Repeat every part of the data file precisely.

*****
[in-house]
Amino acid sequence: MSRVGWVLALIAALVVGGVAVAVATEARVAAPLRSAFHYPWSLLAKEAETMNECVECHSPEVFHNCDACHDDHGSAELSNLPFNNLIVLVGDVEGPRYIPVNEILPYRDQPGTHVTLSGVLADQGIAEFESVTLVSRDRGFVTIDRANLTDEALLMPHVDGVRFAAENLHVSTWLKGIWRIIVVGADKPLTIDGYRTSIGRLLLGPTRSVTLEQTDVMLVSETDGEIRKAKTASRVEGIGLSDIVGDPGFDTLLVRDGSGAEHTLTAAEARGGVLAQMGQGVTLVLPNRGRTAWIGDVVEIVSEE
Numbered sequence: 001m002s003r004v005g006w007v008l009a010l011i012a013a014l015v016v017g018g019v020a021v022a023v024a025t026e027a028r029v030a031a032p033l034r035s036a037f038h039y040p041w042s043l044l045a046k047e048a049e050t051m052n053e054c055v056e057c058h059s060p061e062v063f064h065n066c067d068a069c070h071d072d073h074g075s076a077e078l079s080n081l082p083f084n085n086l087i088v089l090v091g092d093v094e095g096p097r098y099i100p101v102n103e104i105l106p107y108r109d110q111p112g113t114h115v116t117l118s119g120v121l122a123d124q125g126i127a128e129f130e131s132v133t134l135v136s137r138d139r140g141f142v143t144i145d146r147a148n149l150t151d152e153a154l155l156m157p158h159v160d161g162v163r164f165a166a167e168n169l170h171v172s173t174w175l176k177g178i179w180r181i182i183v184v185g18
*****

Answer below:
[in-house]
Amino acid sequence: MSRVGWVLALIAALVVGGVAVAVATEARVAAPLRSAFHYPWSLLAKEAETMNECVECHSPEVFHNCDACHDDHGSAELSNLPFNNLIVLVGDVEGPRYIPVNEILPYRDQPGTHVTLSGVLADQGIAEFESVTLVSRDRGFVTIDRANLTDEALLMPHVDGVRFAAENLHVSTWLKGIWRIIVVGADKPLTIDGYRTSIGRLLLGPTRSVTLEQTDVMLVSETDGEIRKAKTASRVEGIGLSDIVGDPGFDTLLVRDGSGAEHTLTAAEARGGVLAQMGQGVTLVLPNRGRTAWIGDVVEIVSEE
Numbered sequence: 001m002s003r004v005g006w007v008l009a010l011i012a013a014l015v016v017g018g019v020a021v022a023v024a025t026e027a028r029v030a031a032p033l034r035s036a037f038h039y040p041w042s043l044l045a046k047e048a049e050t051m052n053e054c055v056e057c058h059s060p061e062v063f064h065n066c067d068a069c070h071d072d073h074g075s076a077e078l079s080n081l082p083f084n085n086l087i088v089l090v091g092d093v094e095g096p097r098y099i100p101v102n103e104i105l106p107y108r109d110q111p112g113t114h115v116t117l118s119g120v121l122a123d124q125g126i127a128e129f130e131s132v133t134l135v136s137r138d139r140g141f142v143t144i145d146r147a148n149l150t151d152e153a154l155l156m157p158h159v160d161g162v163r164f165a166a167e168n169l170h171v172s173t174w175l176k177g178i179w180r181i182i183v184v185g18